Efforts to improve standards of patient care in the NHS are being undermined by performance measures that encourage the manipulation of data, a report claims.
Mounting deficits, worsening performance and falling staff morale are hitting the health service, according to thinktank the King’s Fund latest quarterly review.
The scale of the debt problems means that extra cash promised by the main parties during General Election campaigning has already been spent amid concerns growing demand for care and difficulties making further efficiencies will exacerbate problems in the year ahead.
In a survey by the thinktank, 60 per cent of trust finance directors said they were dependent on additional financial support or had used reserves in the last year, with two thirds worried about balancing the books in the coming year.
Its director of policy Richard Murray said while many found last year difficult, the coming 12 months looked even worse.
“The health service enters the new financial year facing some of the biggest financial and performance challenges in its recent history,” he said. “If last year was the most difficult for some time, this year promises to be much worse, with little confidence that the alarming deterioration in NHS finances can be arrested.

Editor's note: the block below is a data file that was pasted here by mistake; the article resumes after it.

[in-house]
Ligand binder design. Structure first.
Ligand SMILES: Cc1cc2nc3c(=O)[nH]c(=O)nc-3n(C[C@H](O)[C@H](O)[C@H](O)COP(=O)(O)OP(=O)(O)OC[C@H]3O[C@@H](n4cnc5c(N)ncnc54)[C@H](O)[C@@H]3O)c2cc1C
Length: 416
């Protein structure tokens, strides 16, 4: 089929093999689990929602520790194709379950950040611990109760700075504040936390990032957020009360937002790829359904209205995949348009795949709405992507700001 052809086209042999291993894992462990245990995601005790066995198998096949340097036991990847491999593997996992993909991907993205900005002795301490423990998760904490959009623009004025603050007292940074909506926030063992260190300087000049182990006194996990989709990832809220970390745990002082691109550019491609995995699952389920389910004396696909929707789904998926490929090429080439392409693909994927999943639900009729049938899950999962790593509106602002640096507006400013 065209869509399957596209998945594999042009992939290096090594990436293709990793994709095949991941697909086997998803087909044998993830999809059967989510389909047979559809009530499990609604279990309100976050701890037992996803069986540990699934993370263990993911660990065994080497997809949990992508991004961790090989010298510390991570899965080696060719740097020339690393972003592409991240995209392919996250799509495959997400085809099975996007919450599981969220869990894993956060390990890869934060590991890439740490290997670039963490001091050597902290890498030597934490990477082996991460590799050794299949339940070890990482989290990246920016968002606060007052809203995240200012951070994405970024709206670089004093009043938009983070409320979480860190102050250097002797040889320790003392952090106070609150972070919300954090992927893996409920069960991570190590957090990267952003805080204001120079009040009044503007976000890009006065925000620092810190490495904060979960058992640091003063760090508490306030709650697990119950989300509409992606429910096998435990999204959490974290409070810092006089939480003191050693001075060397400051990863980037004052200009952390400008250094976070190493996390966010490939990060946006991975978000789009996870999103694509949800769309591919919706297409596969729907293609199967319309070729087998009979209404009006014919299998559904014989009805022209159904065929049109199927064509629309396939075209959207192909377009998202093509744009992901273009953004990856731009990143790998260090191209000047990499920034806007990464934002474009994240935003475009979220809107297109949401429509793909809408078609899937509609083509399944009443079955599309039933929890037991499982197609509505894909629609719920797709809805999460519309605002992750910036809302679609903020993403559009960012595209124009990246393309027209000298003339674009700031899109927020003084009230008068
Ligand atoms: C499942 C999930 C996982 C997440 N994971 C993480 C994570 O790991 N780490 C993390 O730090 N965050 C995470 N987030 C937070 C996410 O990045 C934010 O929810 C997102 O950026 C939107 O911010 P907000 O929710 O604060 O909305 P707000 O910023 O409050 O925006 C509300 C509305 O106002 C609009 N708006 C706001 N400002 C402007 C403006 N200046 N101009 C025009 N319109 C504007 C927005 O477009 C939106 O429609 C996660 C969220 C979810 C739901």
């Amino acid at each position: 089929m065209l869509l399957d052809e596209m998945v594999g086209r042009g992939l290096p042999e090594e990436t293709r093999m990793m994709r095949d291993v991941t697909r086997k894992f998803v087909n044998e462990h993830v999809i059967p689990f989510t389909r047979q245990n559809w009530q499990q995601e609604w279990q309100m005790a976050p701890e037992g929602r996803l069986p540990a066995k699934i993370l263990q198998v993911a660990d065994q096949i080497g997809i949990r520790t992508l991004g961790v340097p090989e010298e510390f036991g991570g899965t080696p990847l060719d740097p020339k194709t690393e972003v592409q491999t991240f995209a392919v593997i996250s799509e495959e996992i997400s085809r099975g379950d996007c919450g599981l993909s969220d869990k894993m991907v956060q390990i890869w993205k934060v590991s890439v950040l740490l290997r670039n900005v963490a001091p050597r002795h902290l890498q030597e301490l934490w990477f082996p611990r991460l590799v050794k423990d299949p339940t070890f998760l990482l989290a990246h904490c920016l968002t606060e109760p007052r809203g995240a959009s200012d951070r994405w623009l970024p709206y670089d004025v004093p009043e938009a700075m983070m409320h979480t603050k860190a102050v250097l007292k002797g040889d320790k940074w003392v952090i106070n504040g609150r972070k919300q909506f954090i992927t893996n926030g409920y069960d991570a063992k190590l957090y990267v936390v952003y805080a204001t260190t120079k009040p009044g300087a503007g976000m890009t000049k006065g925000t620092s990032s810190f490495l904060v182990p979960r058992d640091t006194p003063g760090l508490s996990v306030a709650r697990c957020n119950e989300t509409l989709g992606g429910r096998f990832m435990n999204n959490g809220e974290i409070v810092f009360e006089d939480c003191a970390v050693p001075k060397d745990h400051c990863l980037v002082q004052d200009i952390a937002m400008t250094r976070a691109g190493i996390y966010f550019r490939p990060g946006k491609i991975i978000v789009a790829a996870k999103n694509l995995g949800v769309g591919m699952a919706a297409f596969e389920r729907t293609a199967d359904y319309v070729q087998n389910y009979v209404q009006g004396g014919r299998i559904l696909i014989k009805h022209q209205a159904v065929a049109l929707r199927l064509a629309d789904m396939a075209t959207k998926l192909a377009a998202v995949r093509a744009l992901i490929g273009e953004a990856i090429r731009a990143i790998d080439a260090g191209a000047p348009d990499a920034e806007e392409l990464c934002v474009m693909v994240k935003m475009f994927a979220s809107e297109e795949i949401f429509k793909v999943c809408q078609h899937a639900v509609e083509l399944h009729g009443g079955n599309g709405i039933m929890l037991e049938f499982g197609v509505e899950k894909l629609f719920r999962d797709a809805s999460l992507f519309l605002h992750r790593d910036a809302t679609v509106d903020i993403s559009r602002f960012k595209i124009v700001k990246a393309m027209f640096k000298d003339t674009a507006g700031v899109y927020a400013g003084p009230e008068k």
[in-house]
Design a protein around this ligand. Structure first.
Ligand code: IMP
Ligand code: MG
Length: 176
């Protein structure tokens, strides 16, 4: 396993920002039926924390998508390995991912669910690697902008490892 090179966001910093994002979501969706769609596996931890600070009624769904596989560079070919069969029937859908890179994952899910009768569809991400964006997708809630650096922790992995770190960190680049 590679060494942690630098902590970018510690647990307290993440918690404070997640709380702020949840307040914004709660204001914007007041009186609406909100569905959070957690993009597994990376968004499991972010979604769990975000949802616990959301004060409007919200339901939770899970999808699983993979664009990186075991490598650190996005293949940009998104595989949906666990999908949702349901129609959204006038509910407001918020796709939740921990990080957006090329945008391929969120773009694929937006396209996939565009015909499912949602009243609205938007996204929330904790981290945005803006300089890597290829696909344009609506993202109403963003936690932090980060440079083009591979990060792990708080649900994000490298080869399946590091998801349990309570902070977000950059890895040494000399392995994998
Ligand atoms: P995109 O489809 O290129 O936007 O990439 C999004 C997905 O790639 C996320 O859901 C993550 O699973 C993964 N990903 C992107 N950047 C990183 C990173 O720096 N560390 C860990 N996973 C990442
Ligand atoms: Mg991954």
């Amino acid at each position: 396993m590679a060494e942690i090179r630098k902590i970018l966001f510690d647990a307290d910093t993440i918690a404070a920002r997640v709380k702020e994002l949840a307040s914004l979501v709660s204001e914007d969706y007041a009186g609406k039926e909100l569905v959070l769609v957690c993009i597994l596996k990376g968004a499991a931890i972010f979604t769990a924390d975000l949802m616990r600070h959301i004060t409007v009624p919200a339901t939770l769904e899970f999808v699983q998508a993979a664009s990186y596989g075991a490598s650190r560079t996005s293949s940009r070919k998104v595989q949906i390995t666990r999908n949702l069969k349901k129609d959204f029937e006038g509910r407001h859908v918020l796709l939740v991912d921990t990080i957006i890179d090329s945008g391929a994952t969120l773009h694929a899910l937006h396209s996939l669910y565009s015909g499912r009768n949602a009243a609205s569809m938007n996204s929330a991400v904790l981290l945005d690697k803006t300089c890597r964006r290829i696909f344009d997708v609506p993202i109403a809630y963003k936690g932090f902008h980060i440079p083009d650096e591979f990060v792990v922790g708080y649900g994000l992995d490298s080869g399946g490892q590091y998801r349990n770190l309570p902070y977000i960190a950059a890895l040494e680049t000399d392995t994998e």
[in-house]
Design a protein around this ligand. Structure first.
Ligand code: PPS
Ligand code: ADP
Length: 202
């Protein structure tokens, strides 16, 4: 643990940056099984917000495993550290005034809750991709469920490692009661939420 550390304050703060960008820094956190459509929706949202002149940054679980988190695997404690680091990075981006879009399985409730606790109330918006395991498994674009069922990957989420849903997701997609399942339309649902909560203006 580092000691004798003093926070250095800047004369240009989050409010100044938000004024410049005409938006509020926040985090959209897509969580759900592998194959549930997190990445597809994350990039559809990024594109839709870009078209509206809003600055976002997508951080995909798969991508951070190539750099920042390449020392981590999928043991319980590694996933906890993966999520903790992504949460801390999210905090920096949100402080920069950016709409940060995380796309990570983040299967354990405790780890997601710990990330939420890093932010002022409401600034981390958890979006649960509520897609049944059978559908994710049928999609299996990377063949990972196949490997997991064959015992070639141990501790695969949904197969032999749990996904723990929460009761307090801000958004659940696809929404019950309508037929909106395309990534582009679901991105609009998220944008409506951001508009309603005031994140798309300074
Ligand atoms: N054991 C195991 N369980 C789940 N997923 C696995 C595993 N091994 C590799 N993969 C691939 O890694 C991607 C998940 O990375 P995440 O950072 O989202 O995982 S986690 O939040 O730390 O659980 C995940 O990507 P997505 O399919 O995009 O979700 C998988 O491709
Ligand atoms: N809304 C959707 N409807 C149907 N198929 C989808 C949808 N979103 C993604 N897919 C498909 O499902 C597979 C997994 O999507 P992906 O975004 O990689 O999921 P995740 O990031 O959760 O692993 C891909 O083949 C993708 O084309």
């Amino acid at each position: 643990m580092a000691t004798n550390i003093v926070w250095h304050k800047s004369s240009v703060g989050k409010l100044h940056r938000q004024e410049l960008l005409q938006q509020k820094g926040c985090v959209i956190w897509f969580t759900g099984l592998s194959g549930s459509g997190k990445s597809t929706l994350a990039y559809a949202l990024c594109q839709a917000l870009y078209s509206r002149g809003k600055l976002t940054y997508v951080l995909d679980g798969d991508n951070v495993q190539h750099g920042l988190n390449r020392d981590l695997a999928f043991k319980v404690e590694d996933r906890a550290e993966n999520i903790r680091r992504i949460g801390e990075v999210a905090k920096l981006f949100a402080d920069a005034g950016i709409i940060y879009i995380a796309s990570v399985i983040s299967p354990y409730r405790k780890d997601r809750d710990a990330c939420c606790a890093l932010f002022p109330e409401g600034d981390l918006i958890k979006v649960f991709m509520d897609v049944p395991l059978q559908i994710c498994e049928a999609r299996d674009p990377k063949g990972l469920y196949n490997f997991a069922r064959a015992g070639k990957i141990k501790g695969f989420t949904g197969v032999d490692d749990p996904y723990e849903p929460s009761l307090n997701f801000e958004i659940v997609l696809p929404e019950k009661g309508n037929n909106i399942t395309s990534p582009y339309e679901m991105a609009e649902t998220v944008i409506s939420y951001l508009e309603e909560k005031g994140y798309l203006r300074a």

“Looking further ahead, while there is still significant scope to improve productivity in the NHS, efficiencies are becoming harder to generate and there is considerable scepticism that the £22 billion in productivity improvements outlined in the NHS Five Year Forward View can be achieved.”
Mark Porter, chairman of the British Medical Association, said: “The entire NHS is under unprecedented pressure from a difficult financial climate and rising demand that is leaving patient services overstretched. Despite this situation, politicians are continuing to make outlandish and unachievable election pledges about new or extended services that are often uncosted and fail to take into account the crisis facing current NHS services.”
The thinktank’s report said waiting times for A&E are at their worst level since 2003. Figures have already revealed the most long waiters in England during 2014-15 were at the Hull and East Yorkshire NHS Trust.
The number of delayed transfers of care - where patients are ready to return home or transfer to another form of care but still occupy a bed - has also risen by more than 20 per cent compared to the same quarter last year, with the figure now at its highest level since 2008.
It said it now seems certain that hospitals and other NHS providers in England overspent their budgets in 2014-15 by more than £800 million - despite nearly £900m being provided by the Treasury or switched from capital budgets to plug the growing blackhole.
“The financial outlook for 2015-16 is even gloomier, with two-thirds of hospitals concerned about staying within budget over the next year,” the report added.
Other key findings were that for the third consecutive quarter, staff morale topped the list of concerns raised by trust finance directors.